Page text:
10. Elizabeth Edmondson, A Man of Some Repute — Subtitled “A Very English Mystery,” which honestly was enough to sell me on this one. 🙂

So, what other books should I be adding to my TBR list? What’s new to your queue?

Top Ten Tuesday: All-time favorite historical fiction

Top 10 TuesdayThis week’s Top Ten Tuesday is a tough one–we’re asked to list our all-time favorite books in a particular genre! Personally, it takes a lot for me to characterize a book as an all-time favorite. Then there’s the fact that I read in a variety of genres, so it’s hard for me to pick 10 books in just one genre that I’d consider all-time favorites. That said, here’s my list of top 10 all-time favorite works of historical fiction,* some of which can be classified in other genres as well! In no particular order:

1. Baroness Orczy, The Scarlet Pimpernel — It may not be the greatest novel from a literary standpoint, but it will always hold a special place in my heart! A French Revolution setting, spies disguised as dandies, swashbuckling heroes who rescue those in peril, and a wonderfully swoony romance all combine to make this one of my favorite books.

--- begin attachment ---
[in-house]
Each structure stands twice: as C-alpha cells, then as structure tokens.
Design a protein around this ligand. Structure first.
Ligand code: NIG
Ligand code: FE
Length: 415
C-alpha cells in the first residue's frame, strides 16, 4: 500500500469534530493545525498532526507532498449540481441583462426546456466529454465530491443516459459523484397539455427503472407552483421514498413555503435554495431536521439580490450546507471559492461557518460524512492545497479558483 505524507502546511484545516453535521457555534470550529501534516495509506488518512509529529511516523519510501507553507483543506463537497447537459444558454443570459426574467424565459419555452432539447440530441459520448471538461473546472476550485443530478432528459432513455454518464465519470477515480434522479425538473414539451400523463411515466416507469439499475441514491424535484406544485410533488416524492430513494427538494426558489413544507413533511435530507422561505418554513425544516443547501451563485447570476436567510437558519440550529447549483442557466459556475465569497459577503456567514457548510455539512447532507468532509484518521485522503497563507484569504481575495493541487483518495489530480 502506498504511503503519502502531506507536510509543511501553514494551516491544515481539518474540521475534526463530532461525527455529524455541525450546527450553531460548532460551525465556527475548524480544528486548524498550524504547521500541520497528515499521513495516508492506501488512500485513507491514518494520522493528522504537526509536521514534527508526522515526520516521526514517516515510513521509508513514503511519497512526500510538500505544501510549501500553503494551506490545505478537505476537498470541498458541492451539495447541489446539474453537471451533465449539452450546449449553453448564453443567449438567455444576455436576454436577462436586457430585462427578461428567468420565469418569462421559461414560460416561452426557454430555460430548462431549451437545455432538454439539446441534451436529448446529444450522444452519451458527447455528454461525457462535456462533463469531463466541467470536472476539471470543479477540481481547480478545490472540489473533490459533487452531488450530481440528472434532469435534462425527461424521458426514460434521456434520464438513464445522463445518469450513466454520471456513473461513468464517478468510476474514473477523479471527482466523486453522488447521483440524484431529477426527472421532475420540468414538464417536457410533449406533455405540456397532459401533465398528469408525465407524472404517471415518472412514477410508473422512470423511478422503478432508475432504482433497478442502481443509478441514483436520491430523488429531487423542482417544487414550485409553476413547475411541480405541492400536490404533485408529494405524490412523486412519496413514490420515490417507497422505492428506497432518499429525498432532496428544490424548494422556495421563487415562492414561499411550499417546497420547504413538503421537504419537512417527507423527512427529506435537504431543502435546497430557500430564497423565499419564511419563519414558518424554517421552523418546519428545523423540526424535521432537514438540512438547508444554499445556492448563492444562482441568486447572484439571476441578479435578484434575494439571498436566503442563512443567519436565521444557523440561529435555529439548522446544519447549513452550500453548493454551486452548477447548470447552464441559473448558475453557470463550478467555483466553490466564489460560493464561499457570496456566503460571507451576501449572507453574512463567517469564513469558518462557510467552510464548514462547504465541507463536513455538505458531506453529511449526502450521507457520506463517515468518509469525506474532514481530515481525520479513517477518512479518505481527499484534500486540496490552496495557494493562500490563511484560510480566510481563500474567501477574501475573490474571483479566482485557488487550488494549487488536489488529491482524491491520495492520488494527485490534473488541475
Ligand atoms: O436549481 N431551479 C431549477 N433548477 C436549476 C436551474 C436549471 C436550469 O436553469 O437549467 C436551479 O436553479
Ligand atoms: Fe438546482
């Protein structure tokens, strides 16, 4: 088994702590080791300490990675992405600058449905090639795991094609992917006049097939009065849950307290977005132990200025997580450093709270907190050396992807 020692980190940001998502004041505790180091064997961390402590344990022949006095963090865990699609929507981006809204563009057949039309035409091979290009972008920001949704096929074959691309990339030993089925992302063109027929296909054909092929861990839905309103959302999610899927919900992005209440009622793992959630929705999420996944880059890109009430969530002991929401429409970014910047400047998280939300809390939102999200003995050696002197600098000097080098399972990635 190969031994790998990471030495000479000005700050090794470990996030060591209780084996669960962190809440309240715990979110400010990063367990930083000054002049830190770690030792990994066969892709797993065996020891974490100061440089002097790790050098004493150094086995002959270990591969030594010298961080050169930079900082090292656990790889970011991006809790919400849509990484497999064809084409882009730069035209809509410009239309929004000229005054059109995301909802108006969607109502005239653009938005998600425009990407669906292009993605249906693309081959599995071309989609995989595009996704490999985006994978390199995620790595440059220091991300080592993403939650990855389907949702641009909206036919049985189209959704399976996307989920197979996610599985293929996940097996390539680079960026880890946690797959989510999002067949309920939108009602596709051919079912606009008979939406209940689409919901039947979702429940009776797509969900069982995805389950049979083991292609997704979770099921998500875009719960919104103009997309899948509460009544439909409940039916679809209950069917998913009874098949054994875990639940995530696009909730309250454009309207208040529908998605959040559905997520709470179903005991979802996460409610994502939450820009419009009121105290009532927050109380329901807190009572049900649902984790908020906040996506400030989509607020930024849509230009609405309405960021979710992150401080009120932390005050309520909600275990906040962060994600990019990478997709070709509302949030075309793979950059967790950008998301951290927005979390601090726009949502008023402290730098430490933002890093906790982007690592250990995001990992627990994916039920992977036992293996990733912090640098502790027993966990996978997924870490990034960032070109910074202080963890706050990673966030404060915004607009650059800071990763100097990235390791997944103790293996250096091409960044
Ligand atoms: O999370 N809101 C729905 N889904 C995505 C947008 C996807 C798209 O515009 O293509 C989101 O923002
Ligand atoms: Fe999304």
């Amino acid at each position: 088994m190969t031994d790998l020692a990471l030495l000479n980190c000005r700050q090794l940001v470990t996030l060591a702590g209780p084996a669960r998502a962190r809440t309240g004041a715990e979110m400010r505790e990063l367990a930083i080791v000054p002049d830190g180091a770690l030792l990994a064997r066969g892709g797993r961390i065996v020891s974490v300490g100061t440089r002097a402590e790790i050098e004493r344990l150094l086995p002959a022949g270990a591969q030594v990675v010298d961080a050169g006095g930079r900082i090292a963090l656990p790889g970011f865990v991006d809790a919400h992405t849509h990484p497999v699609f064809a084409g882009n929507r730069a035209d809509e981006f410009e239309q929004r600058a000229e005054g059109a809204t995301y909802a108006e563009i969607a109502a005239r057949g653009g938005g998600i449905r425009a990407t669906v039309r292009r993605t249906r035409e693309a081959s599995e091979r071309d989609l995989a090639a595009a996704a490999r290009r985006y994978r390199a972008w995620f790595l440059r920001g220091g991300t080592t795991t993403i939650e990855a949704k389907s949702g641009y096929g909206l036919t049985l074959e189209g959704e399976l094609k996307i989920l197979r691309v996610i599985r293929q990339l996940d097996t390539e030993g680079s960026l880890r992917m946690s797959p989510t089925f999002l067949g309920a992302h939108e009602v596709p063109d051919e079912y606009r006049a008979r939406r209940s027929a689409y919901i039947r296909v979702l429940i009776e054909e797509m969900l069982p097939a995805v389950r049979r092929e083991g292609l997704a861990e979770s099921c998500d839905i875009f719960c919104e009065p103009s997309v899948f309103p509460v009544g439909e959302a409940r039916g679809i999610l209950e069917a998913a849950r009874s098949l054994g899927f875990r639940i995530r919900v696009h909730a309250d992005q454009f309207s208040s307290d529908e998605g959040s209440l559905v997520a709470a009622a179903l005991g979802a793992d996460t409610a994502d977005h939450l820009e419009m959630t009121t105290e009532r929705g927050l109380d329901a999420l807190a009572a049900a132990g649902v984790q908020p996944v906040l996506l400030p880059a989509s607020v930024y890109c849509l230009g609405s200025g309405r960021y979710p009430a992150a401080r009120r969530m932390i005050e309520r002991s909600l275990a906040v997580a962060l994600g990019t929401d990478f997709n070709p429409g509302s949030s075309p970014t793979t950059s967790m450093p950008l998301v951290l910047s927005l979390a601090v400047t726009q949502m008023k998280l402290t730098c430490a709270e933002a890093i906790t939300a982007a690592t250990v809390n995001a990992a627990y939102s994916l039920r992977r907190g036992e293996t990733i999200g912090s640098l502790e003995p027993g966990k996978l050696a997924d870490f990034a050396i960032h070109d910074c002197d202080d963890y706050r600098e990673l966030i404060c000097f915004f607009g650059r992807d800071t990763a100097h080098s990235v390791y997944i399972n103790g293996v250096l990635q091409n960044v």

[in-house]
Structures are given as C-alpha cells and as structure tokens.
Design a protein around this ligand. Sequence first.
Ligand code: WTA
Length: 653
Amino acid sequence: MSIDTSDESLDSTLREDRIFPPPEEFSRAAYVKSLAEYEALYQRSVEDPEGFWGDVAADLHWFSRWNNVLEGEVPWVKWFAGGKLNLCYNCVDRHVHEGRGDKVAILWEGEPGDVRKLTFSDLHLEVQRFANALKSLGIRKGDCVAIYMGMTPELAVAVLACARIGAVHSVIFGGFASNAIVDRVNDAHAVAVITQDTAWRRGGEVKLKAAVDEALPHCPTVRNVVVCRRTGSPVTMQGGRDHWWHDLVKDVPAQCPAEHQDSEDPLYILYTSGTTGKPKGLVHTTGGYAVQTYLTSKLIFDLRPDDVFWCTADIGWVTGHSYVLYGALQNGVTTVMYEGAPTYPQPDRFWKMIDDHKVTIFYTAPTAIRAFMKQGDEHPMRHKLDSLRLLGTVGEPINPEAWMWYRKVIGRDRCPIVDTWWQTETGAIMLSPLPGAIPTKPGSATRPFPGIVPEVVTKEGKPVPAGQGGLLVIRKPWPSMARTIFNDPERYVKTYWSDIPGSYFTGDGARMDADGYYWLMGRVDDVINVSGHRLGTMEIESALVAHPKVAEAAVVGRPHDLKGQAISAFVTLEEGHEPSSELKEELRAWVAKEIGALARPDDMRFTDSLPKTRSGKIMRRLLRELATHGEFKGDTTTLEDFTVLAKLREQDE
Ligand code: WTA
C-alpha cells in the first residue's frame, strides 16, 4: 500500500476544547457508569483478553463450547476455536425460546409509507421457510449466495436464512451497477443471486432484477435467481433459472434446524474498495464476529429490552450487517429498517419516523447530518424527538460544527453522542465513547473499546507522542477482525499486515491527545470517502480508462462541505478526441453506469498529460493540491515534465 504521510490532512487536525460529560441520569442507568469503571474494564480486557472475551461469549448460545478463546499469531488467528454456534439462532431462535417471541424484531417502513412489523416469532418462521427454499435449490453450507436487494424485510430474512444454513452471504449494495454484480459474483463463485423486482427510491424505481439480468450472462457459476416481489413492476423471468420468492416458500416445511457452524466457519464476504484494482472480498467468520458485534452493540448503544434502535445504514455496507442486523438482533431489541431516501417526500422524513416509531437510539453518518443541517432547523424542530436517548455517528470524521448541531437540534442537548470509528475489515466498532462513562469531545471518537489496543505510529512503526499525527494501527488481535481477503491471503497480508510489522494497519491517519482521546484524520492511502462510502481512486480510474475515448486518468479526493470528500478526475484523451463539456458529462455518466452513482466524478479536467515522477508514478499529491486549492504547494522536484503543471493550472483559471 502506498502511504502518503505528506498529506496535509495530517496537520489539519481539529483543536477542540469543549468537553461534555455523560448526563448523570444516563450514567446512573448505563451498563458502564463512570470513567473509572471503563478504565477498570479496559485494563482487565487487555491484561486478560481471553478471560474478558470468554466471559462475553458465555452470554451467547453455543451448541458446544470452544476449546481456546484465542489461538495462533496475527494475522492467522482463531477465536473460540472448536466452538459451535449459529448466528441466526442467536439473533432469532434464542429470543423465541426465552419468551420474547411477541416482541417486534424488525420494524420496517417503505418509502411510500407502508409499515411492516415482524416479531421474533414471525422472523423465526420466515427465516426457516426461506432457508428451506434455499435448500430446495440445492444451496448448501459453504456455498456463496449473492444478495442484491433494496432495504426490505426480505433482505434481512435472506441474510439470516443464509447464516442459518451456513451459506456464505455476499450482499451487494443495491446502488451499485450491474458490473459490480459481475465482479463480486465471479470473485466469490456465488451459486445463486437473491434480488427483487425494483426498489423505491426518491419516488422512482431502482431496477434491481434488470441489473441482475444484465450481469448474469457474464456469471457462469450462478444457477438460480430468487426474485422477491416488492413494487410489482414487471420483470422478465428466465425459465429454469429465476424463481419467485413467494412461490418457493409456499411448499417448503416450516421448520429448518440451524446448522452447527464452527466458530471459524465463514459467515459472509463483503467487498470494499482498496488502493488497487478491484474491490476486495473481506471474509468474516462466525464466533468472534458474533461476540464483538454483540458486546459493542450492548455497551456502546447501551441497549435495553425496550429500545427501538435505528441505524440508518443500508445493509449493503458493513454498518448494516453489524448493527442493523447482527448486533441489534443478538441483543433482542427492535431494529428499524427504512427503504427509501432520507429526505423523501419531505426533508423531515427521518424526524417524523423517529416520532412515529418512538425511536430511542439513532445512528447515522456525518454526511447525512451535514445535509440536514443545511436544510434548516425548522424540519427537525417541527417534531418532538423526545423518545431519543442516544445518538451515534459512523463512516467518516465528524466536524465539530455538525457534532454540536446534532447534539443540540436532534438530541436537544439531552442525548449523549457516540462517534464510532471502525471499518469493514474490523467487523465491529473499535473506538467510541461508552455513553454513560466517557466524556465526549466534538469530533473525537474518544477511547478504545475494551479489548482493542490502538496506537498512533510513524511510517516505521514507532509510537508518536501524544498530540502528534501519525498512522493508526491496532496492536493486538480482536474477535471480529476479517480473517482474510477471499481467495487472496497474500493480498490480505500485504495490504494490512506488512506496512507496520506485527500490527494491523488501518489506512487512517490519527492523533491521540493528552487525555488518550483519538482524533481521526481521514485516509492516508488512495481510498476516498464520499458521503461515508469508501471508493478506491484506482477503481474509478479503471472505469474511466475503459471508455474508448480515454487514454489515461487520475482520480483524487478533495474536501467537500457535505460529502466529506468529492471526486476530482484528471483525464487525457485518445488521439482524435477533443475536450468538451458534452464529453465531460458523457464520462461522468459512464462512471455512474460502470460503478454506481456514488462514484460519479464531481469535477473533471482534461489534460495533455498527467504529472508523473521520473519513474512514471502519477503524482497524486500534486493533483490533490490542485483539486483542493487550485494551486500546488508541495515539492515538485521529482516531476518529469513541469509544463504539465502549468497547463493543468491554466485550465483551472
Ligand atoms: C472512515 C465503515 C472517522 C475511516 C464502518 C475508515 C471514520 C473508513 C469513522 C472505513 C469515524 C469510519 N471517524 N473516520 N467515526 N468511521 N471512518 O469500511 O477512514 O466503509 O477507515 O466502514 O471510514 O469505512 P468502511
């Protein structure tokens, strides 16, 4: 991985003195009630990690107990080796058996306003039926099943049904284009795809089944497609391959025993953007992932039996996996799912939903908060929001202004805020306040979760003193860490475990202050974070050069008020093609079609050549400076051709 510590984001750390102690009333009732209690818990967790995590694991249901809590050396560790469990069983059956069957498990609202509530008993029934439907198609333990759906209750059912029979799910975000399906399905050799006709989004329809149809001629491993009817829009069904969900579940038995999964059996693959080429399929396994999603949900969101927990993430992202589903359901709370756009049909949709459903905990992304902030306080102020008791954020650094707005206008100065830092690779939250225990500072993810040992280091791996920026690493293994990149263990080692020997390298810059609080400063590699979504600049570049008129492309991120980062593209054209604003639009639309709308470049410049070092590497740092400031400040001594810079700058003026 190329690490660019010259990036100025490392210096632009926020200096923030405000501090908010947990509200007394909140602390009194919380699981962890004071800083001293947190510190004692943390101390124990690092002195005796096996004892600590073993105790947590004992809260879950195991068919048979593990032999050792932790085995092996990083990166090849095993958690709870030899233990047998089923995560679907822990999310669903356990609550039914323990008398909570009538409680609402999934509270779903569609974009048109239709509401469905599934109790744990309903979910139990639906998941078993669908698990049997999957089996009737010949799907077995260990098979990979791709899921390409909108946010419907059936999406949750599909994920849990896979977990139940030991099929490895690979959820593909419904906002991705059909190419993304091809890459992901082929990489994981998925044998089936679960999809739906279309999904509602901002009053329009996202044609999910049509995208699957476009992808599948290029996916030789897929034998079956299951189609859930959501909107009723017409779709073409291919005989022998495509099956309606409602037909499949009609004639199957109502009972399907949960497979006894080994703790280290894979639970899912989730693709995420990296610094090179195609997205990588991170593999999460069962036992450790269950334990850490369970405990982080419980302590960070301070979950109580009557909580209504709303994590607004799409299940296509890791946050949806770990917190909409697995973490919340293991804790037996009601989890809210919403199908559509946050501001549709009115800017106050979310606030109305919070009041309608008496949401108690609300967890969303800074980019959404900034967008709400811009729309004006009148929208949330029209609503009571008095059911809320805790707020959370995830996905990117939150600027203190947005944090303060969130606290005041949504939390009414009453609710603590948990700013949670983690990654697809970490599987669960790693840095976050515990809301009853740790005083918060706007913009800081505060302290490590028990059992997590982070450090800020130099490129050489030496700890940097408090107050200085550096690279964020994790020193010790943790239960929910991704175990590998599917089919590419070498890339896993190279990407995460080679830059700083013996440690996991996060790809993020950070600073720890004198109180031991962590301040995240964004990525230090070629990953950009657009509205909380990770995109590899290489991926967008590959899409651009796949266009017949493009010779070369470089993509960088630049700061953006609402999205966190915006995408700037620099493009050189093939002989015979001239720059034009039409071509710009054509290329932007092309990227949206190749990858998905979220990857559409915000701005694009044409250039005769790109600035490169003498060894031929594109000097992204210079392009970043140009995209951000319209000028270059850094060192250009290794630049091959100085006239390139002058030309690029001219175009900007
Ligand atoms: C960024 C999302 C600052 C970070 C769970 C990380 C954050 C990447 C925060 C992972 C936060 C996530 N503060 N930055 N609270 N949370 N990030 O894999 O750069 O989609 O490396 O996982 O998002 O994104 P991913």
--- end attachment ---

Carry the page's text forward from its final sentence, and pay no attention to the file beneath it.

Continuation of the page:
2. Sharon Kay Penman, Here Be Dragons — Sharon Kay Penman is one of my absolute favorite authors: She makes the Middle Ages come to life.  I’ve read and enjoyed most of her books, but my favorite is the Welsh trilogy, which starts with Here Be Dragons. It’s a fascinating blend of fact and fiction about a Welsh prince who strives to unite his people against the encroaching English barons. I’m making it sound dry, but it’s actually full of romance, action, and political machinations!

3. Georgette Heyer, The Grand Sophy — To be honest, I could populate this entire list with Georgette Heyer novels. She truly is the queen of Regency romance! The Grand Sophy is probably my favorite of her novels (although Cotillion and Sylvester are right up there as well!). It features a delightful cast of characters, a strong-willed heroine, and a tightly wound hero with a surprisingly kind heart. An utter delight from start to finish!

4. Kate Ross, Cut to the Quick — I don’t know why the Julian Kestrel mysteries aren’t more popular, but everyone who has read them will tell you they’re absolutely fantastic! The protagonist is a Regency dandy who solves crimes. If that doesn’t intrigue and excite you, I don’t know what will!

5. Elizabeth Wein, Code Name Verity — This is one of the more recent additions to my all-time favorites list. It’s an intense, compelling story of the friendship between two girls who are both “doing their bit” in World War II, one as a pilot and the other as a spy. Although I sobbed through the last 60 pages or so, I absolutely loved this book!